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ECOWAS slaps sanctions on Guinea-Bissau, freezes assets of politicians

ECOWAS slaps sanctions on Guinea-Bissau, freezes assets of politicians
February 07
10:05 2018

ECOWAS has imposed sanctions on 20 Guinea-Bissau politicians and businessmen, including travel bans and asset freezes, accusing them of undermining efforts to resolve a prolonged political crisis.


The sanctions were prompted by President Jose Vaz’s nomination of Augusto Antonio Artur da Silva to the post of prime minister, in violation of a 2016 ECOWAS-brokered deal.

Under the ECOWAS deal aimed at ending the impasse, Vaz was to name a prime minister agreed by consensus with the rival faction, which is headed by former prime minister Domingos Pereira.

Among those targeted by the sanctions were members of Vaz’s parliamentary faction as well as his son, Emerson Goudiaby Vaz.


“The Conakry Accord has not been implemented and as a consequence it is appropriate to apply sanctions to those falling short,” ECOWAS said in a statement.

For over two years, Vaz has been embroiled in a bitter dispute within his own ruling African Party of the Independence of Guinea and Cape Verde that has hobbled the government.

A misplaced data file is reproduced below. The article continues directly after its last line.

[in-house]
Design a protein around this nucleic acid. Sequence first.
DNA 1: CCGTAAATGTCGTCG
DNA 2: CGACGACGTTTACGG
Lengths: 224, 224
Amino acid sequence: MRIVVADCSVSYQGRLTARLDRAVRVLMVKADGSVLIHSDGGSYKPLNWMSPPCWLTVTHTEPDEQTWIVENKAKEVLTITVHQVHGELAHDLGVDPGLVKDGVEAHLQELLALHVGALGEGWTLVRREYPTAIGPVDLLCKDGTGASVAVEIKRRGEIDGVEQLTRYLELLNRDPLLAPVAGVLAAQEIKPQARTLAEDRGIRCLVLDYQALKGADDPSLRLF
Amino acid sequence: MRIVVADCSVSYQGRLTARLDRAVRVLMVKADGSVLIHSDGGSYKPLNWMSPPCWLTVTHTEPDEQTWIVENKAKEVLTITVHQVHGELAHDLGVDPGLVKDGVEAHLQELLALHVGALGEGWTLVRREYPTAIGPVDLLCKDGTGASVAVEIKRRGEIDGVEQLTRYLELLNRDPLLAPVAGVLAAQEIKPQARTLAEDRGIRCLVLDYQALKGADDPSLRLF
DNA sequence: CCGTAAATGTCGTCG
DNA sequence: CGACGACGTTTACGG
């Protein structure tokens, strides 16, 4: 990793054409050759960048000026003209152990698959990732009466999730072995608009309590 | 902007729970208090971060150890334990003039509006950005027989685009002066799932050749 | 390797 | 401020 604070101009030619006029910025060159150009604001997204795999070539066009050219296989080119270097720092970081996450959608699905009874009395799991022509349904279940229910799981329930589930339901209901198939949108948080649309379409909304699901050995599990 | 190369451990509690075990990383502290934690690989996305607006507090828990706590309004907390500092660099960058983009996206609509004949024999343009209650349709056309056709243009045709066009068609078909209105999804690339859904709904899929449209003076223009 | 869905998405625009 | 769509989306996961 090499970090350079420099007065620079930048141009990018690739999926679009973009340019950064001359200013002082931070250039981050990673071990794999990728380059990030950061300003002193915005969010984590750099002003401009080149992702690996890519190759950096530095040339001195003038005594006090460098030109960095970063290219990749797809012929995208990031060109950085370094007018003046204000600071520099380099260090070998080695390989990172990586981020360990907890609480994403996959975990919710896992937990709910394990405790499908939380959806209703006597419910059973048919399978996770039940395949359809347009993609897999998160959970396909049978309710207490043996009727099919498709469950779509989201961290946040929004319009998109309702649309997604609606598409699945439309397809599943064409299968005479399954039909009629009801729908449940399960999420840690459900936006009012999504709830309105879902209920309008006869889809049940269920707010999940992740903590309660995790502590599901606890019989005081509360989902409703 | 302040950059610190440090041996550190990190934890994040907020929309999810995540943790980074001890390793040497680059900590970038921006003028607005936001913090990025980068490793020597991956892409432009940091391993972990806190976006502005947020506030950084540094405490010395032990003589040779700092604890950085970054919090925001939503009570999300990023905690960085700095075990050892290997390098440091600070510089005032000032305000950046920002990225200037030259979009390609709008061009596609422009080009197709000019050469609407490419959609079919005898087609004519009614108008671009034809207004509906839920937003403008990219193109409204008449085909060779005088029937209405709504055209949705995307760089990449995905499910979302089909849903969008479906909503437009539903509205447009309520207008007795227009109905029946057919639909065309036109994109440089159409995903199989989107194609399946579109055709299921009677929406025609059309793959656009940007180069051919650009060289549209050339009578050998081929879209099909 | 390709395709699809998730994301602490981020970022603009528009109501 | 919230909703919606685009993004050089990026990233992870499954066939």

The impasse has sparked regular protest marches and raised fears of instability that diplomats fear could be exploited by drug traffickers, who have long used the turbulent nation as a transit point for shipments between South America and Europe.


The crisis erupted when President Vaz sacked then prime minister Domingos Simoes Pereira.

Talks mediated by Guinean President Alpha Conde and his Togolese counterpart Faure Gnassingbe in October 2016 had envisaged naming a new prime minister and assembling a unity government.

ECOWAS called on Conde and Gnassingbe “to continue consultation within the next two months without which collective and individual sanctions will be handed down against all those who constitute themselves into an obstacle”.

Vaz had proposed fresh talks to find a way out of the crisis but opposition parties objected to the plan.


Guinea-Bissau has been plagued by military coups and instability since its independence from Portugal in 1974.


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